Malcolm Butler: his journey to stardom


Every New Englander, Patriots fan or not, knows the likes of Tom Brady and Rob Gronkowski. These household names have staked their claims as the top players in the National Football League, Brady as one of the greatest of all-time. One would have assumed these two players would have saved the game and sealed the victory for the Patriots. Even though they both had great games, the Patriots’ savior ended up being a little known player, one who did not even enter the game until the third quarter: Malcolm Butler.

Malcolm Butler? Exactly. Not too many New England Patriots fans knew of his existence prior to their Super Bowl win. Where did he come from?

As an undrafted player, Butler’s future in the league immediately stood in question. He did not go to a famous college, like Alabama or Notre Dame; in fact, he did not even play at a Division I college. According to the Patriots’ official website, he first attended Hinds Community College in Mississippi, and then transferred to a Division II school, West Alabama, where he shined in his two years there, compiling almost one-hundred tackles and seven interceptions.

Leave it to Bill Belichick to find this diamond in the rough. In fact, had it not been for the coaching changes throughout the game, Butler might not have played in the Super Bowl at all. According to ESPN, Malcolm Butler did not even enter the game until the 32nd defensive play for the Patriots, when the Patriot coaching staff realized they needed more height on the field to defend against Seattle’s tall wide receiver Chris Matthews.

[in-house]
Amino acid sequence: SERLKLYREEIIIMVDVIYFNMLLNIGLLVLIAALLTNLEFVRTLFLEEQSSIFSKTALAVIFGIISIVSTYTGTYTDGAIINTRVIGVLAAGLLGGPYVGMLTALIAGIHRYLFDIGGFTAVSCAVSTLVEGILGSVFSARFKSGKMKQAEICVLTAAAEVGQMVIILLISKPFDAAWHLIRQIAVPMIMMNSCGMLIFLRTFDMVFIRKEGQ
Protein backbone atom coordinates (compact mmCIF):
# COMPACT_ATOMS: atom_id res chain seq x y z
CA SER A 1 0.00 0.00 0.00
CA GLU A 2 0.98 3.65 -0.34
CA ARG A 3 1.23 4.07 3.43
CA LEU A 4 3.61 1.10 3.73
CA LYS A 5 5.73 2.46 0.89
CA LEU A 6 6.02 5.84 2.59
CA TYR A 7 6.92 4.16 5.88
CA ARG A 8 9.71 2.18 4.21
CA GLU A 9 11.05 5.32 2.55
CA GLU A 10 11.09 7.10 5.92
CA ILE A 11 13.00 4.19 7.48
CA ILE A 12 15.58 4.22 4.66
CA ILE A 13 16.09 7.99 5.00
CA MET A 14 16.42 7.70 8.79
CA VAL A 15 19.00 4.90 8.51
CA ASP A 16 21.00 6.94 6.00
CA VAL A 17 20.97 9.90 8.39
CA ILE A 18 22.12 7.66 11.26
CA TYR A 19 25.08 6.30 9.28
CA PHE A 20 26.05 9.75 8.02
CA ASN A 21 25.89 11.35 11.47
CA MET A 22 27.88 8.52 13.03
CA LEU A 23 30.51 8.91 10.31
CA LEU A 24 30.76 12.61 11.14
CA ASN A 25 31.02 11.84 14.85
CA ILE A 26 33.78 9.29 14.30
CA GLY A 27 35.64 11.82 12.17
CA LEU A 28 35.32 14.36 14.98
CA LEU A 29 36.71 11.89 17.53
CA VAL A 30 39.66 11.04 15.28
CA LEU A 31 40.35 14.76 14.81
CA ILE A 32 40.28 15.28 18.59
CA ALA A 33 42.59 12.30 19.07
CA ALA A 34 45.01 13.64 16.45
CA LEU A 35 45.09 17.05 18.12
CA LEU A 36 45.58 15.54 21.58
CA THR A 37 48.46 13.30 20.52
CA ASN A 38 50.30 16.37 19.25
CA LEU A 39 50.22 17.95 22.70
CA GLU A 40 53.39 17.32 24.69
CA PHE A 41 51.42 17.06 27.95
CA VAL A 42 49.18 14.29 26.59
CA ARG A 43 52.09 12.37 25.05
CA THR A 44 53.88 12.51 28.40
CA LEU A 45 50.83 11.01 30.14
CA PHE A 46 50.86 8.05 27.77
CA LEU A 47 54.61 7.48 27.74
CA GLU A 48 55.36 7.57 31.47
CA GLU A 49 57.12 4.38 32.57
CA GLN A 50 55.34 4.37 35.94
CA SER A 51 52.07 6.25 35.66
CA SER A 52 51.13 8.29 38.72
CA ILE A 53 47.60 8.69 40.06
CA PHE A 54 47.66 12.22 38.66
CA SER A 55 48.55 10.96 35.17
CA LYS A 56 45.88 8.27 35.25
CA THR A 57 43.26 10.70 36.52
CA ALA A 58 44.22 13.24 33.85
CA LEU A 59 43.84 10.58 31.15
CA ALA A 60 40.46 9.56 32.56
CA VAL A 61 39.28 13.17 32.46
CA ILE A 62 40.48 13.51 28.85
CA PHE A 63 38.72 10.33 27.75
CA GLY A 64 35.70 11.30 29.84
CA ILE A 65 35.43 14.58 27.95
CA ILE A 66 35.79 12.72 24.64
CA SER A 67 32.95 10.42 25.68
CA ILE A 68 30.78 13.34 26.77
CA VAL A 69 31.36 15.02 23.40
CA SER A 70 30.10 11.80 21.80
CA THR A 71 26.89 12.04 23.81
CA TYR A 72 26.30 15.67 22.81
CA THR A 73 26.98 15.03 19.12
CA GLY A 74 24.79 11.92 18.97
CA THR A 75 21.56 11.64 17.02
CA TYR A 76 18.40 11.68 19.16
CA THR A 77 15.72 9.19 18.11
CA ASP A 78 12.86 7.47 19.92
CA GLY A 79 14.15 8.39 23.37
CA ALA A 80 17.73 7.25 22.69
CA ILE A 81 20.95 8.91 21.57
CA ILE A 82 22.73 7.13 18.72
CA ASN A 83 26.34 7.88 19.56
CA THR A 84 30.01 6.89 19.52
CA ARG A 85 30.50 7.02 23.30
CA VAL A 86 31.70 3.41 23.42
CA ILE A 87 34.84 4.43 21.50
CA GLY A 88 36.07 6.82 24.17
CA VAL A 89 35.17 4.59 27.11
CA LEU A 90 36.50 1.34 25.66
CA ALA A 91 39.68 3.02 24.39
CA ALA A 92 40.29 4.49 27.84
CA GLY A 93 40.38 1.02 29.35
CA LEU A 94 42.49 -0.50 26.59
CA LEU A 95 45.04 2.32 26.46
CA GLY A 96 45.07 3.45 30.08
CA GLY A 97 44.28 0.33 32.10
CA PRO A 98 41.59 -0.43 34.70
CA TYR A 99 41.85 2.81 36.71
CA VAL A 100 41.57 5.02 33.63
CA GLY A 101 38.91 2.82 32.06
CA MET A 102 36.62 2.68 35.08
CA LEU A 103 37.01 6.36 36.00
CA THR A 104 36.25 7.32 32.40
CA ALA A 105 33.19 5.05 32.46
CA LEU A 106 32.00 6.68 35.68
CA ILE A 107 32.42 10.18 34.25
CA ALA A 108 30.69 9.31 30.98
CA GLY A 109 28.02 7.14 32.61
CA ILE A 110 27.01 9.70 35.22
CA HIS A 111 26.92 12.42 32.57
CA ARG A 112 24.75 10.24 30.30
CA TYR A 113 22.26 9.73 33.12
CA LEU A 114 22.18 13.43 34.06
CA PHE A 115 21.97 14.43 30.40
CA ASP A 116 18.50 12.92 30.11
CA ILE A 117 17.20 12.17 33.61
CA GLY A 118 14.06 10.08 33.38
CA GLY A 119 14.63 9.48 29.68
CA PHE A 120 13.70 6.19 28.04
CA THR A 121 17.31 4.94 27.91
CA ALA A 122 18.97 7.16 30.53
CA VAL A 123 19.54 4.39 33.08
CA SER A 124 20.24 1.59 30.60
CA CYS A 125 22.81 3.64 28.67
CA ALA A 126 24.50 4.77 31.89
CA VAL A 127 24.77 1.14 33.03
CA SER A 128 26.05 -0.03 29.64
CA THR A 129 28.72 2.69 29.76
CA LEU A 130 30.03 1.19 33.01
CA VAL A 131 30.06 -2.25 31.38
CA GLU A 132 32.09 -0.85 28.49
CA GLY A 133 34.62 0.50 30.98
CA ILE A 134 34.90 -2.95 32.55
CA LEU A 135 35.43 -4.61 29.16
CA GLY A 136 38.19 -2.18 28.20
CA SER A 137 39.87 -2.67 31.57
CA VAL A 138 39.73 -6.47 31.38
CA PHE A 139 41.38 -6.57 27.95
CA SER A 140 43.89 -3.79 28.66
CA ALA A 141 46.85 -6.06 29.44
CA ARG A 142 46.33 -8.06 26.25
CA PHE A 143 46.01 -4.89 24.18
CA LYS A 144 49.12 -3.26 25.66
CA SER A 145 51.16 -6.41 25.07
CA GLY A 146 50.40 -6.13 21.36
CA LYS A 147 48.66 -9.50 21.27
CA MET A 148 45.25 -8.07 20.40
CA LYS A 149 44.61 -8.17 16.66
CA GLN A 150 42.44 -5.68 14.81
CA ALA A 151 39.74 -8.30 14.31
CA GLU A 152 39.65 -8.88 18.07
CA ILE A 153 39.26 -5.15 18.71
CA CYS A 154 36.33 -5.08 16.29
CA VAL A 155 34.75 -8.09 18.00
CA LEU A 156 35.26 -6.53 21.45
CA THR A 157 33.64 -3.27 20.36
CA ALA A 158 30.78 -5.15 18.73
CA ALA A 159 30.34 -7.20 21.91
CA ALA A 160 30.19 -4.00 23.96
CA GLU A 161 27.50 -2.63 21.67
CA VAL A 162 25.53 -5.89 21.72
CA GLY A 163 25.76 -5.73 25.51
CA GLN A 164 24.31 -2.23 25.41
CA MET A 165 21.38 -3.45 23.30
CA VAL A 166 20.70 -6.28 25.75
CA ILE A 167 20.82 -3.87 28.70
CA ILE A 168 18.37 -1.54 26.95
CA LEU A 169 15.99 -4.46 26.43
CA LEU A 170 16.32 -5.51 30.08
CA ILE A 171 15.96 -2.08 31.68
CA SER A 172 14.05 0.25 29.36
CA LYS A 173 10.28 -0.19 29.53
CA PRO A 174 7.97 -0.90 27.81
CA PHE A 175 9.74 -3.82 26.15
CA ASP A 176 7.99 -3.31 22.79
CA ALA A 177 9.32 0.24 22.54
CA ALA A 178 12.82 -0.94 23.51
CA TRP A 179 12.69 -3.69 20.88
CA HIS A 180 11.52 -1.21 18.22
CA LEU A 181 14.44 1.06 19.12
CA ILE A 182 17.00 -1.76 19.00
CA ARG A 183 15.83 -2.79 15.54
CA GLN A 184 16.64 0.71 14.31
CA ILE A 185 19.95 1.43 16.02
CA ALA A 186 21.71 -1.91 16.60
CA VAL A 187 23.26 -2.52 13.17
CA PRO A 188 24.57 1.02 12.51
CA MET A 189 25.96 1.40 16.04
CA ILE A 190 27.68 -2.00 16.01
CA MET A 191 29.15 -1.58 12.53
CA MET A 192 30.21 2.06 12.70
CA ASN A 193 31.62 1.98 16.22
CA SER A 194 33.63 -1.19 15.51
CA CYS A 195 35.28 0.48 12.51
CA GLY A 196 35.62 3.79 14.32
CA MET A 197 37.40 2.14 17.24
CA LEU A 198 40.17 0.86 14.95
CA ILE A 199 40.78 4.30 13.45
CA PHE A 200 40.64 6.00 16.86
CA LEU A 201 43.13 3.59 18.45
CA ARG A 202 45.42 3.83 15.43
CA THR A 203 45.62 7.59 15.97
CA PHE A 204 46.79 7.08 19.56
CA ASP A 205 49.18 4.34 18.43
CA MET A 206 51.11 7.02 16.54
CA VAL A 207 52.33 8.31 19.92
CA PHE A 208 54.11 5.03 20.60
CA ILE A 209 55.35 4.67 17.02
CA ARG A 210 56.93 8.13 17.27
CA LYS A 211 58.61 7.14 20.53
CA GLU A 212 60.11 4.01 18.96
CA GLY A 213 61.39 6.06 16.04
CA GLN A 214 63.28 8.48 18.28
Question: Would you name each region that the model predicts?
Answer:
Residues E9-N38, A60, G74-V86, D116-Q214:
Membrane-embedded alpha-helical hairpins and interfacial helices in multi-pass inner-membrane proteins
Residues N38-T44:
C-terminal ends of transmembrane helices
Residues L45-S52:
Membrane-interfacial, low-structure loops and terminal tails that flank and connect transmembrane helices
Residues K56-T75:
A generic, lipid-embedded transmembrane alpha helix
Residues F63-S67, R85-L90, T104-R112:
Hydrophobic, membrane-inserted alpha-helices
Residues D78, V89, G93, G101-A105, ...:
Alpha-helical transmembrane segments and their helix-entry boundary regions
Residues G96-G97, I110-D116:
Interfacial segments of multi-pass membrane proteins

As the game progressed, Butler began seeing much more playing time, playing a total of 18 defensive snaps. However, none served a more crucial role in the game than his last two snaps.

According to ESPN, on his 17th snap, Butler matched up against Jermaine Kearse. With little time left in the game, Seattle had no choice but to go for big plays. With a vertical route up the field, Kearse turned in an improbable catch on his back, with Butler in tight coverage.

Memories of David Tyree flashed through the minds of all Patriots fans: We would lose another Super Bowl because of an almost impossible catch.

Butler sat out the next play, where Marshawn Lynch got stuffed at the one yard line. Butler almost did not even go in for the last play. However, when the Patriots coaching staff saw Seattle’s personnel which included three wide receivers, Butler rushed in as a third cornerback, part of a late substitution.

Why did Seattle throw with arguably the best running back in the league at their disposal? We will never know. But, Butler, who got beat on his previous snap readied himself, determined not to get beat again.

Butler explained his thought process, in ESPN’s article “Little Known Malcolm Butler an unlikely hero for Patriots,” on the last play. “Goal line, preparation, the formation they were in with the two-receiver stack, I just knew they were throwing a pick route. It was on the line, we needed it, and I just beat him to the route and made the play” Butler explains.

He made a play; one of the largest plays in both Patriots’ and Super Bowl history. Many questioned making Tom Brady the MVP when they most likely would not have won without the interception. However, Brady had an impressive game as well, 74 percent completion rate, 328 yards and four touchdowns, cementing his selection as MVP.

But Brady recognized Butler’s big play. As part of receiving the MVP, Brady will receive a truck from Chevrolet. He decided to have Chevrolet give Butler the truck instead.

An unheralded rookie gets to keep the ball that sealed the game and receives a truck for free. Not too bad for an undrafted free agent.